"We also have studies to show that consuming food from polystyrene packages have very minimal effect on health... if the effect is extensive, don't you think the Health Ministry and WHO would have called for a ban a long time back?" Sri said, referring to the World Health Organisation.

Plastics manufacturers say that contrary to popular belief, polystyrene packaging can be recycled. — Picture by Choo Choy May
Plastics manufacturers say that contrary to popular belief, polystyrene packaging can be recycled. — Picture by Choo Choy May

Meanwhile, Tycoplas executive director Hedy Yong said the ban was uncalled for and demanded the state show a concrete study on the matter.

Citing countries like Japan and certain parts of the United States, the polystyrene manufacturer in Selangor said these countries still use polystyrene food packaging, claiming that Selangor's decision was made without looking at the bigger picture.

"Banning polystyrene will see a domino effect on manufacturers, retailers and consumers as prices for alternative food packages are not as cheap.

"Even if we are talking about the environment, polystyrene is recyclable but biodegradable products are not and they take up space in landfills for years," she said.

Citing a case where a polystyrene manufacturer had won a legal suit against New York City for a similar ban, Yong said this should be studied by the Selangor government.

Last September, the State Supreme Court in Manhattan struck down a ban on foam food containers by the city.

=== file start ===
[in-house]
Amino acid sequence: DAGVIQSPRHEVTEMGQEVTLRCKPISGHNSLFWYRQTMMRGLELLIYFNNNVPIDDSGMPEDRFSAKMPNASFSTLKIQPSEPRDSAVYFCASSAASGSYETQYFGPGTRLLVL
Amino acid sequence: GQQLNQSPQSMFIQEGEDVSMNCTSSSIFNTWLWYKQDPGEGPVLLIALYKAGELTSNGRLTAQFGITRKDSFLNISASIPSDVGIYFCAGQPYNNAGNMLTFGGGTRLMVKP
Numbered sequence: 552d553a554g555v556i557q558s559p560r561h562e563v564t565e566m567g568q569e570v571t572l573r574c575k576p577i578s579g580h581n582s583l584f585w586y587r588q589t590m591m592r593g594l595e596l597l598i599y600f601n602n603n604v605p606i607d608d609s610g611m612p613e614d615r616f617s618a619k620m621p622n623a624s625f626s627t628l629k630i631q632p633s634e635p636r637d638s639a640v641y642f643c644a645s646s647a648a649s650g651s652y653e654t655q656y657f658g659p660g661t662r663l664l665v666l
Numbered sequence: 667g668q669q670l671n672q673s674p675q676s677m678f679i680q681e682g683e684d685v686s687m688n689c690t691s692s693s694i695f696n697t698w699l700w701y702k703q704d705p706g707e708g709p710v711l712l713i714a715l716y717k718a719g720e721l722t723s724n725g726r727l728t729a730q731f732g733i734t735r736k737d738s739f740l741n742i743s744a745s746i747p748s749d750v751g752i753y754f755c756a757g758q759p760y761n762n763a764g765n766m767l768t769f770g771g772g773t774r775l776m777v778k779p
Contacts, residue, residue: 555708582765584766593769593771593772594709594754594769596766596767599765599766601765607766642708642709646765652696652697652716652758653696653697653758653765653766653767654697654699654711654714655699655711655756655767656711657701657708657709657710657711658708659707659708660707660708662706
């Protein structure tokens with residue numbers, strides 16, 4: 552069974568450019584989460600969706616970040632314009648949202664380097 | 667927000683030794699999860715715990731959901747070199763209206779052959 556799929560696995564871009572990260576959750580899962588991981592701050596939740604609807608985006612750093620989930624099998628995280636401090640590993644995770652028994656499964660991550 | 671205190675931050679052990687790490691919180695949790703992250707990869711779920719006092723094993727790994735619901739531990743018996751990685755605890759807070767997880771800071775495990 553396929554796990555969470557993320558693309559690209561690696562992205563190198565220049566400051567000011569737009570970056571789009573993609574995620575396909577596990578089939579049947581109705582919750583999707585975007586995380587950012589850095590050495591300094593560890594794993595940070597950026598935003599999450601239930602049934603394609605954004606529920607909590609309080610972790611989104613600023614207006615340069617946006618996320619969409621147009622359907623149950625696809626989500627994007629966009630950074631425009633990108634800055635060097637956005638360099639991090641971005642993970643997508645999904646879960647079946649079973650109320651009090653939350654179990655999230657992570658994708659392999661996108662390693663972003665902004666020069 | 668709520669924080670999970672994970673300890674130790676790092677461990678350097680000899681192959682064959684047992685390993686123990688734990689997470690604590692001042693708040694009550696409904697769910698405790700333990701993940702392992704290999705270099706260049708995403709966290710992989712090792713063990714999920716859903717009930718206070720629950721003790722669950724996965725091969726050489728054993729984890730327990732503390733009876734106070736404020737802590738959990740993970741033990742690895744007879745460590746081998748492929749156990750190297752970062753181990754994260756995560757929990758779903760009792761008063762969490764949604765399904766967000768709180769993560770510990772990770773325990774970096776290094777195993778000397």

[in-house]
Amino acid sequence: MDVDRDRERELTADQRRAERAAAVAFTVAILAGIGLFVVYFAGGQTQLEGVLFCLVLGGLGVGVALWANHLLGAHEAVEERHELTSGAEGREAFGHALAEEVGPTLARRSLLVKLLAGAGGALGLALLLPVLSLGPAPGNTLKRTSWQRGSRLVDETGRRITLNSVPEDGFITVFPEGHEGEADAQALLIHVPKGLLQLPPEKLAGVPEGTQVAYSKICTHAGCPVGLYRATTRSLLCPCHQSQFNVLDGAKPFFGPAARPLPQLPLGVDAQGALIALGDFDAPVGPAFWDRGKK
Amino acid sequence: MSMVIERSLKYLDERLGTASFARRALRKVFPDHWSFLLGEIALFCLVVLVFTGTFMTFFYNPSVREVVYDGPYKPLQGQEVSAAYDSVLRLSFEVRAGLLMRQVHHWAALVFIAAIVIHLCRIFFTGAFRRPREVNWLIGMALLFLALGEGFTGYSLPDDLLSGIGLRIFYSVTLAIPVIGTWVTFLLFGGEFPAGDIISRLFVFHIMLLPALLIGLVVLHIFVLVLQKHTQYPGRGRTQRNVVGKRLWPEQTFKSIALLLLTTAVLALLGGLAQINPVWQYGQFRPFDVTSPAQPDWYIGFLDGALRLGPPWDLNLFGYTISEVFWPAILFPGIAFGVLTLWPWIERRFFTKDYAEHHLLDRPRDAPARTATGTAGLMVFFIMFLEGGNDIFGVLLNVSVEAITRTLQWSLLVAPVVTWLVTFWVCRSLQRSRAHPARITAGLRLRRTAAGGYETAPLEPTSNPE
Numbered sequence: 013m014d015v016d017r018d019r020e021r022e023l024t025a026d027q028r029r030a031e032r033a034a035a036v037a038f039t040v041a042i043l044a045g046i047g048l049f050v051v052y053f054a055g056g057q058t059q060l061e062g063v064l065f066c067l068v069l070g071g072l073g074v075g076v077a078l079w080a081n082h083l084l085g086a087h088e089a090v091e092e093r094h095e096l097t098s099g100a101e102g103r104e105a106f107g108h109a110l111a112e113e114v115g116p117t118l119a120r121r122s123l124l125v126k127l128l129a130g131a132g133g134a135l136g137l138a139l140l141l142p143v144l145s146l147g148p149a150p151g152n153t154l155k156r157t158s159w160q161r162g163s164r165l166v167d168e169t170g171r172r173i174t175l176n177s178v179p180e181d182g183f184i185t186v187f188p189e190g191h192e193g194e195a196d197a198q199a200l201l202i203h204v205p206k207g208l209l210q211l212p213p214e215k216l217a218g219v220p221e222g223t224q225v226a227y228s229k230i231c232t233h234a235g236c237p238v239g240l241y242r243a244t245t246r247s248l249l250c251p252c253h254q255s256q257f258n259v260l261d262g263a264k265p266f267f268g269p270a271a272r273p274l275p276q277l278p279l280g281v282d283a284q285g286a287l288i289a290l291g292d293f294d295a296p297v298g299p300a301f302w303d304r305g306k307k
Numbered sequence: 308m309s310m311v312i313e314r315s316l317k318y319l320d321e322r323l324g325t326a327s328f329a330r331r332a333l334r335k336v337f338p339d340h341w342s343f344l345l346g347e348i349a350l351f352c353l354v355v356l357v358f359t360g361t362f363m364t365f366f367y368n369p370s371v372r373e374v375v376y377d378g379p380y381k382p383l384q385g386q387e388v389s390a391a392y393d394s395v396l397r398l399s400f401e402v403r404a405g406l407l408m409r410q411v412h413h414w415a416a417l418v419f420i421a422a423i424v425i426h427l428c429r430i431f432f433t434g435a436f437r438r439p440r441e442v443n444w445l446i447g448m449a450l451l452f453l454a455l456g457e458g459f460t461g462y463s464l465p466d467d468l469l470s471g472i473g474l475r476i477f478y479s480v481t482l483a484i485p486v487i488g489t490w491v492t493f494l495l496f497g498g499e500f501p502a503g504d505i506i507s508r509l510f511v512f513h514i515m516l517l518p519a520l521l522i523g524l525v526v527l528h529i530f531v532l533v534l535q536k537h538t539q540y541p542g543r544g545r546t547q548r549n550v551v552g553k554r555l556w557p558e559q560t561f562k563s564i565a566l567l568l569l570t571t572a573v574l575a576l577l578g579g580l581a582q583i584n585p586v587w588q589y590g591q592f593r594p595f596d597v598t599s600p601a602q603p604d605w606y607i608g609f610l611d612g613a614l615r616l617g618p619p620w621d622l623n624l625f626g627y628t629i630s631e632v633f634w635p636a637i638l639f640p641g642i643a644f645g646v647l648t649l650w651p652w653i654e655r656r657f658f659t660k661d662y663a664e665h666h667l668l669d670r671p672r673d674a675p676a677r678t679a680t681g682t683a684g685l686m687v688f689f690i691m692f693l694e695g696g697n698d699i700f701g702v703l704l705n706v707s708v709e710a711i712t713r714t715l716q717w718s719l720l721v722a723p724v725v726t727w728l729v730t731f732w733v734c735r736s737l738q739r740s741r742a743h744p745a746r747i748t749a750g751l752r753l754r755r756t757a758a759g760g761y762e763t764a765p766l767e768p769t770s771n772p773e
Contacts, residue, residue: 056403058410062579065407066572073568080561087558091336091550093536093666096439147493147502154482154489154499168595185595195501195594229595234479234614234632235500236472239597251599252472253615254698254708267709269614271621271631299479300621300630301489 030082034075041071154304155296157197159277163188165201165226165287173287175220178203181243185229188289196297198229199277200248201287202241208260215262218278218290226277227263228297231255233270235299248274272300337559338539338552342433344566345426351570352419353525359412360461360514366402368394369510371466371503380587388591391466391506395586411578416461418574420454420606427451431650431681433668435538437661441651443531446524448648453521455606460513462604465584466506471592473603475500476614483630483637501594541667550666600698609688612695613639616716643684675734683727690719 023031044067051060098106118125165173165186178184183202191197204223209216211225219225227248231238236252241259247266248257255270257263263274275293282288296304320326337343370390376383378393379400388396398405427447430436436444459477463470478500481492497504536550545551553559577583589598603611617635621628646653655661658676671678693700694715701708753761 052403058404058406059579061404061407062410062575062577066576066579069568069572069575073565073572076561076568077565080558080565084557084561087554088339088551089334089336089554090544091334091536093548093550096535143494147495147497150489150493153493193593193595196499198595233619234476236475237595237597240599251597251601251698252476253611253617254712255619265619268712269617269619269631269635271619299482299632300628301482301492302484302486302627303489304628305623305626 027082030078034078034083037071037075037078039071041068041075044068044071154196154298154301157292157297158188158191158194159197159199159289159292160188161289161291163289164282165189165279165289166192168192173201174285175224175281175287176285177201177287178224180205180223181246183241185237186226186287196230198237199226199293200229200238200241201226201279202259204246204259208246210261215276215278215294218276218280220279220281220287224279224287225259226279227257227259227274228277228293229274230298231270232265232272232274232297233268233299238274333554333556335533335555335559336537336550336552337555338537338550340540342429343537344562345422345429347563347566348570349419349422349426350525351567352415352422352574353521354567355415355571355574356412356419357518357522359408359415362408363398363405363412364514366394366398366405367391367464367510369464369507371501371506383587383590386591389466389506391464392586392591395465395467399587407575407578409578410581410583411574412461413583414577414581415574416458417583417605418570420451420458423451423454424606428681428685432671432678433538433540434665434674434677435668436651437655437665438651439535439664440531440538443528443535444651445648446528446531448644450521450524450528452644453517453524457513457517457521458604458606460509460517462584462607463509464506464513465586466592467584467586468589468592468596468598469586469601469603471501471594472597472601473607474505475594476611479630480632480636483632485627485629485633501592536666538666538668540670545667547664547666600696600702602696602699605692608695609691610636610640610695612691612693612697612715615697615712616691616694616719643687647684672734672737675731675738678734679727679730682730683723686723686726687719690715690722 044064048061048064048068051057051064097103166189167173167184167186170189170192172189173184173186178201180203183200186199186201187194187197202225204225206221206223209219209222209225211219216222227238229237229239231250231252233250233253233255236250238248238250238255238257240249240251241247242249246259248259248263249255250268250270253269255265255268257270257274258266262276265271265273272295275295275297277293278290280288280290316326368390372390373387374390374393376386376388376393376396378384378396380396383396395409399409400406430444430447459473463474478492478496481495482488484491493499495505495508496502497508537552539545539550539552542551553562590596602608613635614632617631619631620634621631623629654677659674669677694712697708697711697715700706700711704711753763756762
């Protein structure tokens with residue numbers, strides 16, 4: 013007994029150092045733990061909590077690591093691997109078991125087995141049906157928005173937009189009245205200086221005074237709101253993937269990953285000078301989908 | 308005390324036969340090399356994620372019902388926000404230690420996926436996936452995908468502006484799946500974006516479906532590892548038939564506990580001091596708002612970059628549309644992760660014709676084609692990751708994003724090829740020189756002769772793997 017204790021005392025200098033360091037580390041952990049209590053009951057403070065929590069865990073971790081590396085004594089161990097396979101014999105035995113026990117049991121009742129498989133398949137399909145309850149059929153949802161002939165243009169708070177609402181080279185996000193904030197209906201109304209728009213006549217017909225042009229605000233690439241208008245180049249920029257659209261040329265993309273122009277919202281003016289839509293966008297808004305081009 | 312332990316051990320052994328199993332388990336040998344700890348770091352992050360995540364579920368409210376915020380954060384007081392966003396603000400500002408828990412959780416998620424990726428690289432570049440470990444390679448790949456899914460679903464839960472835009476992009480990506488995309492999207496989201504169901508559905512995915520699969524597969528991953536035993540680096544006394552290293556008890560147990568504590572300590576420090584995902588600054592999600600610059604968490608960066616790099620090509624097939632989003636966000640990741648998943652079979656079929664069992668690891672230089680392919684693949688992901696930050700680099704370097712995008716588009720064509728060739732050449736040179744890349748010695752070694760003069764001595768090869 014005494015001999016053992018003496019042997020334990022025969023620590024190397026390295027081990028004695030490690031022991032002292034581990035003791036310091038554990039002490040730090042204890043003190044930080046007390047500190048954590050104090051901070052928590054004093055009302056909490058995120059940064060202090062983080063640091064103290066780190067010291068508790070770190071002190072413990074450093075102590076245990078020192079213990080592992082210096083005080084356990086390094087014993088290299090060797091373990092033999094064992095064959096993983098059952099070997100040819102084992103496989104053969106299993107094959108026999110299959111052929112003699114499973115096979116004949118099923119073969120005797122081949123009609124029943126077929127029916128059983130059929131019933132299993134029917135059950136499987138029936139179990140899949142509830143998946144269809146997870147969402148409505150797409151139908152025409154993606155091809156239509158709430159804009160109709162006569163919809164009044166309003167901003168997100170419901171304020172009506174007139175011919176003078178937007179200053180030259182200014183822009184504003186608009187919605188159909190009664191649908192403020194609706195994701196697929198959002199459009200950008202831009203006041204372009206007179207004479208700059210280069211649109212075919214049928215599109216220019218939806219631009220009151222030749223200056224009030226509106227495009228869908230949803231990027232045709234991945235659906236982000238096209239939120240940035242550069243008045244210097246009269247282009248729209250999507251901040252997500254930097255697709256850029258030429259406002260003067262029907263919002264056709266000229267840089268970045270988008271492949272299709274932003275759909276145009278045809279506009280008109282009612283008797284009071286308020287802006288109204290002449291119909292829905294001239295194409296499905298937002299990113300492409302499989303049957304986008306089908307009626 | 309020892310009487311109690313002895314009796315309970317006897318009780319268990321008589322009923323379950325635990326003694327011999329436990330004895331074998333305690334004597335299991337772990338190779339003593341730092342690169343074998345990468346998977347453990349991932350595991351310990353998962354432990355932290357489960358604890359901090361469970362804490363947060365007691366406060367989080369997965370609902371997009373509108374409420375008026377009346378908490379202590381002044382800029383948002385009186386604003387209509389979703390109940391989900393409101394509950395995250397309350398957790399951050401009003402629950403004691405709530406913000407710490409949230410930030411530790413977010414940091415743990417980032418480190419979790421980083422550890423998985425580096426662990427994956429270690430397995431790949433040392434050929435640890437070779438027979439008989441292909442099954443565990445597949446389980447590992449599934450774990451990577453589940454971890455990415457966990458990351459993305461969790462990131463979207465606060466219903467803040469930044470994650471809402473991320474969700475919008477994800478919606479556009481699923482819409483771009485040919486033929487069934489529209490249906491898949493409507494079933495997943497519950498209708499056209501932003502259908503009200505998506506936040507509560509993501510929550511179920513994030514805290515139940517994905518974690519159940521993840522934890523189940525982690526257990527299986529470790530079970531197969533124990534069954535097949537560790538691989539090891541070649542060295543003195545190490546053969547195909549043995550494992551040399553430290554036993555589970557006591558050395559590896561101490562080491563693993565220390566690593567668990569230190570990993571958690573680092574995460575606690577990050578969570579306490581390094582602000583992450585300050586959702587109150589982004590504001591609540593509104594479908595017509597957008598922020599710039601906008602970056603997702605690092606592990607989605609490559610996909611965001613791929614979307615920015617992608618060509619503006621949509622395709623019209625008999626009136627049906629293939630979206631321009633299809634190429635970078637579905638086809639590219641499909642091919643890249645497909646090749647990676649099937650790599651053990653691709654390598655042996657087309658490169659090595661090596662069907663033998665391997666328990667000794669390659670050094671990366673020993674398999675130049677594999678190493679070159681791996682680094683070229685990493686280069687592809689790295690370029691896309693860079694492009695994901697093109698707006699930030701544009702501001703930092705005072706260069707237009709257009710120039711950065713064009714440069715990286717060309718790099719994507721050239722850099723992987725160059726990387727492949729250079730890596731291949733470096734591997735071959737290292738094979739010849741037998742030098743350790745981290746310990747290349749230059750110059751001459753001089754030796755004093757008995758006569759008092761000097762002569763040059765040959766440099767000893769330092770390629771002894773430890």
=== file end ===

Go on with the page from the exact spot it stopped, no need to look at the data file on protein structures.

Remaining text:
Polystyrene packaging is used everywhere. Imposing a ban on them is not the only solution to their long ‘life’ in landfills. — Picture by Choo Choy May
Polystyrene packaging is used everywhere. Imposing a ban on them is not the only solution to their long ‘life’ in landfills. — Picture by Choo Choy May

The case was challenged by Dart Container Corporation, a manufacturer in Michigan.

Meanwhile, there have been contradictory statements by state government officials, local councils and news reports on the ban in Selangor.

While Ean Yong has said that only three local councils, namely Shah Alam, Petaling Jaya and Subang Jaya, have been selected for the pilot project to implement the ban, The Star reported Elizabeth Wong as saying that all local councils are involved.

A high-ranking officer from the Shah Alam City Council (MBSA) said MBSA started educating people about the ban as part of its own initiative but later retracted this statement when it was pointed out that other local councils have also embarked on a similar mission.

According to Bukit Gasing assemblyman Rajiv Rishyakaran, Petaling Jaya will impose the ban on September 1 and traders who do not comply can be compounded up to RM1,000.

Ean Yong, however, neither agreed nor denied the imposition of such a fine, only saying that the actual date of implementation is still under negotiation.

Efforts to reach Wong have been futile but according to news reports, she said Ramadan bazaars in the state will be the first to use alternative food packaging instead of the usual polystyrene packages.